Ahmaud Arbery killers all convicted

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Chap
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Re: Ahmaud Arbery killers all convicted

Post by Chap »

Marcus wrote:
Thu Nov 25, 2021 3:11 pm
Chap wrote:
Thu Nov 25, 2021 9:55 am
I am grateful to DrC for his summary of the situation.
me too. Thanks, doc.
There are lessons to be learned from this, but few will.

- Doc
Sadly.
One lesson to be learned from this business comes from an examination of why it took such a long time for anybody to be charged in relation to this killing

Glynn County commissioners say DA blocked arrests after fatal shooting

Two Glynn County commissioners say District Attorney Jackie Johnson’s office refused to allow the Glynn County Police Department to make arrests immediately after the Feb. 23 shooting death of Ahmaud Arbery.

The GBI announced the arrests of Travis McMichael, 34, and his father Greg McMichael, 64, on Thursday - more than two months after the fatal shooting. They were denied bond Friday afternoon.

“The police at the scene went to her, saying they were ready to arrest both of them. These were the police at the scene who had done the investigation,” Commissioner Allen Booker, who has spoken with Glynn County police, told The Atlanta Journal-Constitution. “She shut them down to protect her friend McMichael.”

Greg McMichael, now retired, once worked as an investigator in Johnson’s office.

Commissioner Peter Murphy, who also said he spoke directly to Glynn County police about the incident, said officers at the scene concluded they had probable cause to make arrests and contacted Johnson’s office to inform the prosecutor of their decision.

“They were told not to make the arrest,” Murphy said.

Johnson recused herself from the case within days of the shooting. Her office has not responded to a request to comment on the commissioners’ account of what happened, or on the case in general.
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Res Ipsa
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Re: Ahmaud Arbery killers all convicted

Post by Res Ipsa »

Chap wrote:
Thu Nov 25, 2021 9:55 am
I am grateful to DrC for his summary of the situation.

Mr Arbery was a person running in the public road not far from where he lived, unarmed and not engaged in any activity that reasonable people could interpret as a threat. But he was pursued by armed men who eventually forced him to stop, menaced him with weapons, and then shot him dead. The three men involved in his pursuit and killing were rightly convicted by the majority white jury.

The pleasant thing about this thread is that nobody on this board appears to take exception to the verdict reached. That is a marked contrast to the bitterness of the controversy surrounding the Rittenhouse verdict.

Might we explore the implications of this situation a little further, however? Consider these two hypotheticals:

A. Suppose that in the struggle after his pursuers had stopped him and got out of their truck with their weapons, despite his efforts to escape them by running away, the unarmed Mr Arbery's subsequent attempt to wrest the shotgun from one of his pursuers had not led to his own death when the weapon was discharged, but to the death of one of his armed pursuers. Would Mr Arbery then have been able to make a case against a homicide charge on the basis that his actions were self-defence?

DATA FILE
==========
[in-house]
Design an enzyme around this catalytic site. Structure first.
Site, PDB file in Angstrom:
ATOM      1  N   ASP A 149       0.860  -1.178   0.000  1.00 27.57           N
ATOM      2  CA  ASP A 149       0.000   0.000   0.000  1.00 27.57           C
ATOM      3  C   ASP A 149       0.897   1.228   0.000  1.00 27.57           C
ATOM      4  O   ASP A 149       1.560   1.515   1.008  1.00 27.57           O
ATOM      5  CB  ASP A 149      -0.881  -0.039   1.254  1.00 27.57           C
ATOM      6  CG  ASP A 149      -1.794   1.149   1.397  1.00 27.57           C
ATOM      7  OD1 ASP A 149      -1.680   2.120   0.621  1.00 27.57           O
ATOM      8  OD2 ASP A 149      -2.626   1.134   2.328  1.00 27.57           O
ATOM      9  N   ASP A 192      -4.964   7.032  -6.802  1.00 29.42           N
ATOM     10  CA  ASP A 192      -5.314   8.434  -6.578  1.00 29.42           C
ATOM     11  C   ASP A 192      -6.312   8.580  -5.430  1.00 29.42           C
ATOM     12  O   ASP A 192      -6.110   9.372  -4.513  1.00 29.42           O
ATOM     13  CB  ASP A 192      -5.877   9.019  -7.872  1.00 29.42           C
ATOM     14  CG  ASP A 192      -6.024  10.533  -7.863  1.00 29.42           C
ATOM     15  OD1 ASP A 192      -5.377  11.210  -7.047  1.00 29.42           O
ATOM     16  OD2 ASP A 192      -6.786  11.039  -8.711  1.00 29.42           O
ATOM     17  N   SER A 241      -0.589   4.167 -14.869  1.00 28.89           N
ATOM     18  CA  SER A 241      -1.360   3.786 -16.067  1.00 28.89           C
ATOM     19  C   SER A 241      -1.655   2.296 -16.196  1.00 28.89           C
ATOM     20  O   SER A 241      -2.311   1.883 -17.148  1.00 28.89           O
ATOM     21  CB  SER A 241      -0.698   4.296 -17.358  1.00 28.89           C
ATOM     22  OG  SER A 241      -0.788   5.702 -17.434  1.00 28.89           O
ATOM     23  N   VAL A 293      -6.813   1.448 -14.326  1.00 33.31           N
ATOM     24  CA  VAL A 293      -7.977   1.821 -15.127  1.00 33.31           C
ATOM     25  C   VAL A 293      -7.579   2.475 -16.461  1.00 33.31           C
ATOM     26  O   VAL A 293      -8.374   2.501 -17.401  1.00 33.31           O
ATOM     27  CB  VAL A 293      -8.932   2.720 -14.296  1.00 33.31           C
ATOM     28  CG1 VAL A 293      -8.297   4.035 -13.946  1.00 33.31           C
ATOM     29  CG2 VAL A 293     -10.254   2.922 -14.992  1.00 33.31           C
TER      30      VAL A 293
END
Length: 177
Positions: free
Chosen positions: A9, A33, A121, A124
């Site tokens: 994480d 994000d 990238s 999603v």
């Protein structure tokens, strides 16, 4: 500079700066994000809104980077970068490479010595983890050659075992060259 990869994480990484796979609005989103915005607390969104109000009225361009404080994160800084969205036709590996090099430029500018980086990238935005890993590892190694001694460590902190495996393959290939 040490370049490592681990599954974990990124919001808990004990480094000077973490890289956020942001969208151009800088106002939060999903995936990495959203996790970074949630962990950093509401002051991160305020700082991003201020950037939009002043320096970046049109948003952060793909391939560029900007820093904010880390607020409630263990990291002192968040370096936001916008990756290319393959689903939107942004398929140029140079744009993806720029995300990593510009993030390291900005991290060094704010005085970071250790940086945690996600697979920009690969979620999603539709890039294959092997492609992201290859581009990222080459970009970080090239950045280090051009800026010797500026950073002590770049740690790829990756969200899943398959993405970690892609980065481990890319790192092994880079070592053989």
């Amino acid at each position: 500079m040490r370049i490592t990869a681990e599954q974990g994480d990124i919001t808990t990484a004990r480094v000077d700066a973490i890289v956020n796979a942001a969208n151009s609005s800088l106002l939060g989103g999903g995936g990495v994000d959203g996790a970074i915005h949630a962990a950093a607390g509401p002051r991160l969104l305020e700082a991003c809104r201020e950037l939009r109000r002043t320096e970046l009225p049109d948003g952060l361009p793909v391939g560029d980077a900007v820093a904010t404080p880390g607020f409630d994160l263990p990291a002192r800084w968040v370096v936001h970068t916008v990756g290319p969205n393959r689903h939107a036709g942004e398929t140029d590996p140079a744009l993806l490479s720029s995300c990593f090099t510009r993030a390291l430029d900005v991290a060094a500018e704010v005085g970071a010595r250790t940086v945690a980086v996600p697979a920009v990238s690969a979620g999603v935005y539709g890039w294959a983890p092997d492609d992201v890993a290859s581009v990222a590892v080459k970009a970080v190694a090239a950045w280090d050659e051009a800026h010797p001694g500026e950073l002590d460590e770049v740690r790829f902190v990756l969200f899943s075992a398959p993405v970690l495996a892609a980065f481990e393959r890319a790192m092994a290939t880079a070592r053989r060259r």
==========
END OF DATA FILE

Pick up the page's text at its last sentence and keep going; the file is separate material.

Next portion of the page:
B. What if Mr Arbery, perhaps aware of the dangers of running on the roads in a white neighbourhood while black, had carried a weapon with him when he went out running? If, after trying to escape his armed pursuers (as he in fact did), he had shot one of them dead with his weapon when they approached him with their weapons, would he then have been able to make a case against a homicide charge on the basis that his actions were self-defence? Or would he have had to wait for them to shoot at him first before having the right to defend himself by shooting back, assuming the shot fired by his pursuers did not kill or disable him?

Doctor CamNC4Me wrote:
Wed Nov 24, 2021 10:29 pm
Someone can tell me if I’m off, but I think this was a pretty much open and shut case. This is what I got after spending an hour or two sifting through the intertubes:

1. AA didn’t commit a felony. Trespassing isn’t a felony.

2. AA committed zero crimes in the presence of the three dummies.

3. The three amigos had no right or cause to initiate a citizens arrest. I don’t think they witnessed the trespassing.

4. They had no right to chase the kid around the neighborhood for 5 mins. That’s a long time to be chased by guys with guns. AA had to be terrified.

5. AA ran away, for 5 mins, before being cornered by the dummies.

6. AA wasn’t armed.

7. AA wasn’t carrying a weapon of any kind.

8. AA was stupid for trying to grab the son’s gun, but the dummies were even more stupid for bringing the gun to bear to begin with. I believe AA panicked, rightly so after being chased by some armed bubbas in a truck.

9. The guy who recorded the whole thing was guilty of ‘murder by association’, which I don’t really understand, but that’s the law in GA.

There are lessons to be learned from this, but few will.

- Doc
Chap, the answers are pretty heavily fact dependent. The general rule of thumb proportionality: one can use use force for self defense that is proportional to the threat. The law in Wisconsin for use of non-deadly force is much less restrictive that for the use of deadly force. In your example, the individual is using less than deadly force to defend against deadly force when he attempts to disarm. That should be well within the self-defense privilege.